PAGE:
Feeling cold and hungry? More soup for you!
The temperature has dropped, the days are noticeably shorter and suddenly salad does not seem like such an appealing lunch option – bring on the soups, I say.
It may surprise you to hear that not only are soups a great option nutritionally but certain types of soup have also been proven to help support weight loss, so let’s get that soup pot out and get chopping!
Soup, particularly vegetable based soups are a great option nutritionally as they combine a high nutrient density with a low energy density and this means that we get lots of key nutrients including vitamins and minerals for relatively few calories.
At a time in which foods with a high energy density and low nutrient density such as white bread, snack foods, sugar based drinks and high fat fast foods dominate our intake, a low calorie option that fills us up is gold standard when it comes to foods that need to be regularly included in the diet.
And this benefit is proven. Studies have repeatedly shown that when diners consume a low calorie vegetable based soup before their main meal that they consume up to 20% fewer calories at a meal. The reason is not complex, basically the bulk of the soup helps to fill us up so we eat less.
Nutritionally this is too beneficial as the nutrients found in vegetables including many water soluble vitamins such as vitamin B, C, K as well as dietary fibre and a range of minerals also helps to regulate the digestive tract and ensure that we get the number of key nutrients we need each and every day.
On top of that we can also add in an extra benefit of eating soup from a weight and fluid retention perspective; soups that have a base of leeks, onions and celery are also particularly high in the mineral potassium. As potassium helps to bind excess sodium, it helps to rid the body of excess fluid.
As many of us carry fluid and regularly feel bloated thanks to a high salt diet and a lack of activity, dropping as little as 500g of body weight after a few vegetable soups, even if it is just fluid can make us feel lighter and leaner instantly.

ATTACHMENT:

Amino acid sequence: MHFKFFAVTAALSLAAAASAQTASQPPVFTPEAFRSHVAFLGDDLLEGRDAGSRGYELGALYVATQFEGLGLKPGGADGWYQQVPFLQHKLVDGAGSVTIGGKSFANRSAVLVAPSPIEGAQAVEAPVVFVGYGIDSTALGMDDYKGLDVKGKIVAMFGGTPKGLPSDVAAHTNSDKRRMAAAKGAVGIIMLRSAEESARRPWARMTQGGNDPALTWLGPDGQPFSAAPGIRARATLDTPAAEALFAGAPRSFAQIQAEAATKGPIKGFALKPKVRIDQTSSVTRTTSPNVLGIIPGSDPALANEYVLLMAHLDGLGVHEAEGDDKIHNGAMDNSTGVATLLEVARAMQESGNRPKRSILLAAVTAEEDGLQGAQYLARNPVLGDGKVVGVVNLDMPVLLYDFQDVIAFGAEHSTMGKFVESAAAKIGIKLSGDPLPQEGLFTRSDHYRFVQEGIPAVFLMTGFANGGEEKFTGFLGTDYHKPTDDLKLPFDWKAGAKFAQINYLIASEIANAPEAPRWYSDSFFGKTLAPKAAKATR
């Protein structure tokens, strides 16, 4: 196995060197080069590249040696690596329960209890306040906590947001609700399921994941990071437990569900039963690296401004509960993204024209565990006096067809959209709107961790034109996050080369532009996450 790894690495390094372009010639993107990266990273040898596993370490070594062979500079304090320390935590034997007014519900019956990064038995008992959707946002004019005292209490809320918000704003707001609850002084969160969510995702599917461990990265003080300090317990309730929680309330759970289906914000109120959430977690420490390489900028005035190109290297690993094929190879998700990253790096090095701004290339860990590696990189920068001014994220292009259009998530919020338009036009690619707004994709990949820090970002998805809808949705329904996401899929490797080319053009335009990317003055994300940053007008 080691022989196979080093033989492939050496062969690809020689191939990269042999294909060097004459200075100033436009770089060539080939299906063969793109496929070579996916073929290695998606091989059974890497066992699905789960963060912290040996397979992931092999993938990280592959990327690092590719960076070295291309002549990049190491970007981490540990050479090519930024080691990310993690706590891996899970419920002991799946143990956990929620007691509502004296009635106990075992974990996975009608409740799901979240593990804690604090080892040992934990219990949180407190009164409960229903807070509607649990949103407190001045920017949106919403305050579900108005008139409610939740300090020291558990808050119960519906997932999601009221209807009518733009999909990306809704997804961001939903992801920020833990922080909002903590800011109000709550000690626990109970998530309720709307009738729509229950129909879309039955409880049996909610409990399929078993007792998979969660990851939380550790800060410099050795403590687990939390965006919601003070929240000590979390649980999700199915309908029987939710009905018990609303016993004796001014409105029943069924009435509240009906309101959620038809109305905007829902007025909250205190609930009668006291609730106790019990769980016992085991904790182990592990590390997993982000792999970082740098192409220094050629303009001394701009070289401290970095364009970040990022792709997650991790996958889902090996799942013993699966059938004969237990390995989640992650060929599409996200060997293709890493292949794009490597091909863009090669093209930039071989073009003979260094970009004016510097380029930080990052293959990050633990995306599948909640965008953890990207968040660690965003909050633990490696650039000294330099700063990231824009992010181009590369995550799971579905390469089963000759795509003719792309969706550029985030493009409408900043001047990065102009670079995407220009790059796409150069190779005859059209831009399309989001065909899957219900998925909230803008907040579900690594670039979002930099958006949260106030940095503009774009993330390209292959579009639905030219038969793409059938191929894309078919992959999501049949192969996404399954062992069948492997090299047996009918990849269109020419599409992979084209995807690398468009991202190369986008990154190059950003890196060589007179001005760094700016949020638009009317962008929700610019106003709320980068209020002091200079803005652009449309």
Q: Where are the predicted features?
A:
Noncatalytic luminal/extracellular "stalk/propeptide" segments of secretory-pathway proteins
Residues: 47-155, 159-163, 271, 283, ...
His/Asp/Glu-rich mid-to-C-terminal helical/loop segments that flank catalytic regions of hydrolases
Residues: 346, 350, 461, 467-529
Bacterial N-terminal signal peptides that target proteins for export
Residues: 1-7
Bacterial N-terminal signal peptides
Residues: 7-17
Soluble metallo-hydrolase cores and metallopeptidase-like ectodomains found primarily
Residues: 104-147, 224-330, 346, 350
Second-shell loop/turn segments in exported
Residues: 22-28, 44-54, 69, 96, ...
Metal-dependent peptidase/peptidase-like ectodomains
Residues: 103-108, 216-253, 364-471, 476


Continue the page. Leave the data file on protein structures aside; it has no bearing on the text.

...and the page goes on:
Soup can be a simple meal addition - a way to ensure that the family gets all of their vegetables and nutrition; a filling afternoon snack or an entire lunch or light evening meal, especially when beans, potato or sweet potato are the base providing heavier carbs as well as chicken, lean sausage or some mincemeat for protein.
It is important to remember that rice, noodles, legumes and pasta do add considerable carbohydrates and calories to your soup and are likely to negate any weight loss benefits. On the other hand, broth style, vegetable based soups have virtually no calories and can be consumed relatively freely (but of course you do need to count any bread!).
While bulking meals up with low calorie options such as vegetable soup on a regular basis is a great way to load up on nutrition in general, for those wanting to drop a couple of kilograms quickly, replacing the evening meal with a vegetable based soup is a safe way to do it.
The low energy content helps to keep your total calorie intake low, while the bulk prevents you from feeling hungry and deprived the way you would if you were eating very little on a regular diet, or using meal replacement shakes.
For those wanting a more intense regime, a vegetable soup can replace 2 meals a day for 5-7 days without any negative side effects. Although much of the weight loss will be fluid, sometimes this is all we need to feel leaner and healthier is a flatter stomach and a kg or two less on the scales.
Naturally homemade soups are the best option. This way you can control the type and amounts of vegetables that you use to make your soup as well as choosing to use salt reduced stocks and few other additives.
Pre-made soups and packet soup mixes tend to be exceptionally high in sodium (salt) with the average packet soup containing a massive 800-1200mg of sodium or 1/3-1/2 of your total daily salt limit.
Premade soups also tend to be relatively low in protein and high in carbohydrate thanks to their base being potato starch. If you must seek out a pre-made soup option, look for varieties that contain less than 20g total carbohydrates per serve and less than 800mg of sodium.
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